Today's talk was by Lilian and Resti and was on the welfare programme here in Kabubbu.  They told us the stories of some of the kids currently living at the foster home, which was very sobering.  They were only the stories you'd usually hear in England; kids whose parent remarried and the new step-parent didn't want them, or whose parents divorced or died, but in Kabubbu until recently there has been no system in place to help pick up the pieces when things go wrong.  In the UK we always complain about social services but that's more than they've had here.  About 20 children live in the foster home currently with their new mother, Betty, and it's these kids we've been painting the new rooms for this week, which is nice to know.

The afternoon workshop was traditional African drumming and dancing, which was funny as I guess most groups the Ugandans teach may have a modicum of skill, but this time they had Dad, whose key educational qualification is in percussion, backed up by a very musical family (and one not-so-musical Steve, who got stuck in anyway).  Dad waited very patiently while the lady in charge instructed him on drumming, but at the end he got to have a play and ended up in a sort of rhythm-battle/cultural exchange with the 19 year old boy playing the long drum.  The dancing was fun too; they brought along the kind of skirts they'd been wearing a few nights before at the African evening, including the feathery butt-padding, and we all got to try shaking booty with them.  It really is very like the belly dancing shimmy, but with wider spread legs and a double-tap with each foot.  And the faster the better.  Danced myself into a very satisfying sweat.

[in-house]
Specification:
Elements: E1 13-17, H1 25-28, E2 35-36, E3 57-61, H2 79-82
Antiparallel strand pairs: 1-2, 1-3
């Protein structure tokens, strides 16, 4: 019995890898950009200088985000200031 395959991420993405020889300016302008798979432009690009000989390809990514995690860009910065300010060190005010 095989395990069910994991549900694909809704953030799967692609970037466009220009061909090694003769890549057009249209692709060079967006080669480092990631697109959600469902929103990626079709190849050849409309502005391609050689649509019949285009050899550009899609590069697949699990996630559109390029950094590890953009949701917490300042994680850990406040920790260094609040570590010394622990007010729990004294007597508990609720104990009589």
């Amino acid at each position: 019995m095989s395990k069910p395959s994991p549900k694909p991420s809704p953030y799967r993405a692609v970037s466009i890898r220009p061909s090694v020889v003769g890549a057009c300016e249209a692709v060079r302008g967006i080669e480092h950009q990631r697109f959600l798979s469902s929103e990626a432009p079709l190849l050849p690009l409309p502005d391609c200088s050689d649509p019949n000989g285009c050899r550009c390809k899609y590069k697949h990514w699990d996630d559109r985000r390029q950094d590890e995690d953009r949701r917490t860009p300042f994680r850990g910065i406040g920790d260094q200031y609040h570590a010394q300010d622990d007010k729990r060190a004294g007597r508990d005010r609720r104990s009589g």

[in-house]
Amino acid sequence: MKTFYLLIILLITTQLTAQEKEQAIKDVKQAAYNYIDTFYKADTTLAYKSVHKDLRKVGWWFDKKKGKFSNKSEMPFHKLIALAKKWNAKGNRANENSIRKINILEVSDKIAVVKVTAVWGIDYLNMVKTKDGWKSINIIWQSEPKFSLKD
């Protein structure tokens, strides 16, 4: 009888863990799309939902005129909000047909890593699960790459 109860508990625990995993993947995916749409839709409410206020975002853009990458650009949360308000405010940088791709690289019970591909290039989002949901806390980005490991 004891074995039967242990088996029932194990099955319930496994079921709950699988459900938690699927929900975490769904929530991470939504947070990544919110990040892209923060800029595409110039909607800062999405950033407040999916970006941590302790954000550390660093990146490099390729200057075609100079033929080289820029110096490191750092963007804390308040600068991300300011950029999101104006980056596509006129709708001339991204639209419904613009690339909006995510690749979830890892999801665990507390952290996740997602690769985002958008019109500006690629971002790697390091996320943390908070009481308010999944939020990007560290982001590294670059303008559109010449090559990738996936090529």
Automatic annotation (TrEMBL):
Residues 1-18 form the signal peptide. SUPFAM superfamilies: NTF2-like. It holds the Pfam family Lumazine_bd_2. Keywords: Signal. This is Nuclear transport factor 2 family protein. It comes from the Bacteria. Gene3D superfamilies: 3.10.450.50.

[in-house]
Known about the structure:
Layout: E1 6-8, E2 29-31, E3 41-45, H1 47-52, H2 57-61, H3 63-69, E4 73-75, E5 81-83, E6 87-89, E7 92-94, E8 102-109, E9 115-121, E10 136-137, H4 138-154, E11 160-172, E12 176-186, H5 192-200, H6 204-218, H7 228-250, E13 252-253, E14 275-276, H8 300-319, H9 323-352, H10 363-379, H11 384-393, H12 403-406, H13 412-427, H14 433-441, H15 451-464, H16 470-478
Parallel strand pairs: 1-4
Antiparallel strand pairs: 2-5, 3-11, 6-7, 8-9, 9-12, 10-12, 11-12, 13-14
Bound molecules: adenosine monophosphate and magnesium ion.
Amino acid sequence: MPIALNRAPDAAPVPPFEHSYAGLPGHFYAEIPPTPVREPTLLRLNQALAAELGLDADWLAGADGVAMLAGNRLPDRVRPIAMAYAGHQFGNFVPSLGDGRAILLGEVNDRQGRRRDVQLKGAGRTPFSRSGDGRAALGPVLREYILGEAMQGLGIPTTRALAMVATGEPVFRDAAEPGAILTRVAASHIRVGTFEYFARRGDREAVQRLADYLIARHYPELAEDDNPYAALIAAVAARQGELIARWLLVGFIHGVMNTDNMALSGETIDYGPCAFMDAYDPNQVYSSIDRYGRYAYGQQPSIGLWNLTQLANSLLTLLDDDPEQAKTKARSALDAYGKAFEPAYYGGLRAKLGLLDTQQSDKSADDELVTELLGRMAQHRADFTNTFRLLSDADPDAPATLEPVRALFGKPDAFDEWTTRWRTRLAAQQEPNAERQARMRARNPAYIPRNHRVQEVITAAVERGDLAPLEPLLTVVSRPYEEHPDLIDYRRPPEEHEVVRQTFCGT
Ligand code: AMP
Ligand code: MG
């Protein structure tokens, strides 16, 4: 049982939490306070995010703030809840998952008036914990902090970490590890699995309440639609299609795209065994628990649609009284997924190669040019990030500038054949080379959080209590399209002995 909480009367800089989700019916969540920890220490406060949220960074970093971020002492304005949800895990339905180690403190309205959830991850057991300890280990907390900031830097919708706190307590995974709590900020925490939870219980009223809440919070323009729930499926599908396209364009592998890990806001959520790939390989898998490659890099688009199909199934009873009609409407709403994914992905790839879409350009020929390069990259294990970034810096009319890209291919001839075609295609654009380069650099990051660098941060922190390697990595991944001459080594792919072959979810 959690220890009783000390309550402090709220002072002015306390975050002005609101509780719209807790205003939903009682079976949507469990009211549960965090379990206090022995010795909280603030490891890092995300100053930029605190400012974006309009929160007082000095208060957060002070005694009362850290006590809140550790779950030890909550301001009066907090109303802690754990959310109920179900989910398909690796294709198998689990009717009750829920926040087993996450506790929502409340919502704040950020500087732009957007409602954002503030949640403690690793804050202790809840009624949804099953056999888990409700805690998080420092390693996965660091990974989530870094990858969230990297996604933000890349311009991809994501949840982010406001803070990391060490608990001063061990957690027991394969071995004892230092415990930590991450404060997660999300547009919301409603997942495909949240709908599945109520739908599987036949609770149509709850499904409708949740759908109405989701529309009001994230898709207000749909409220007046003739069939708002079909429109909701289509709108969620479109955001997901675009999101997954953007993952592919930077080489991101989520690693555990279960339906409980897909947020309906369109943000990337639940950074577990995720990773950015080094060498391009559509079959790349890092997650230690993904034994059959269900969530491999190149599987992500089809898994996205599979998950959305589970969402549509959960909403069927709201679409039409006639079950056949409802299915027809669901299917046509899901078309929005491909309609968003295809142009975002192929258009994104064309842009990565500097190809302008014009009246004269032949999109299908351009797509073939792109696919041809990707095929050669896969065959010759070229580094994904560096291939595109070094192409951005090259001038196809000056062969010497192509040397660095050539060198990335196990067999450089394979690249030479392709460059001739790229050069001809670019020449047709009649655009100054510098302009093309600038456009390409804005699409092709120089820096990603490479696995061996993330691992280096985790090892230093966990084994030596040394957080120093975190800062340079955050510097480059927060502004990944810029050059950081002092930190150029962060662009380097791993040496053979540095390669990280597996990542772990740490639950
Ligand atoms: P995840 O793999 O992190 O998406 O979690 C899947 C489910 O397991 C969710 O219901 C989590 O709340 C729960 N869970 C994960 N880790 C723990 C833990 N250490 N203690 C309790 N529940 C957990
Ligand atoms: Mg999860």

My amazing Ugandan dancing outfit, complete with E.T. t-shirt!

Steve, Mum and Emma line up for their lesson behind Josephine


The remaining six of us sat about for a while after dinner, telling terrible/hilarious jokes to fill the raucous gap left by the departure of William Parker, but I've spent most of the evening doing the pencil drawings for Susan's ten (TEN!) posters.  If I can get the Ugandan ones done tomorrow somehow – working round our trip to the Nile – I can trace the pictures onto the English versions to save time.  Colouring them I've not even thought about yet.  I had a momentary freak out along the lines of “My style of drawing isn't good enough for this!  I can't do a good job!” but managed to kick myself out of it and have been drawing steadily all evening.  Measuring out the lines and copying the words over is the hardest part.  The inking ought to go a lot faster.

Also, I decided where I want to donate the money I saved when I was doing my Rice & Beans challenge.  There are two libraries here, one for the community and one up at the high school, and the latter is very sparsely populated with books.  I can't commit to sponsoring a child, as QT wisely asks for a commitment of several years to make sure there's continuity of education for the child, but I had thought of sending some books.  I have given the money to Enoch, earmarked for Trust High School’s library.  I love books, can haunt a library for several hours if given the chance, and most of my key influential figures are authors, so this is an idea that is very important to me.  I am pleased to have found a place for that money that fits for both of us.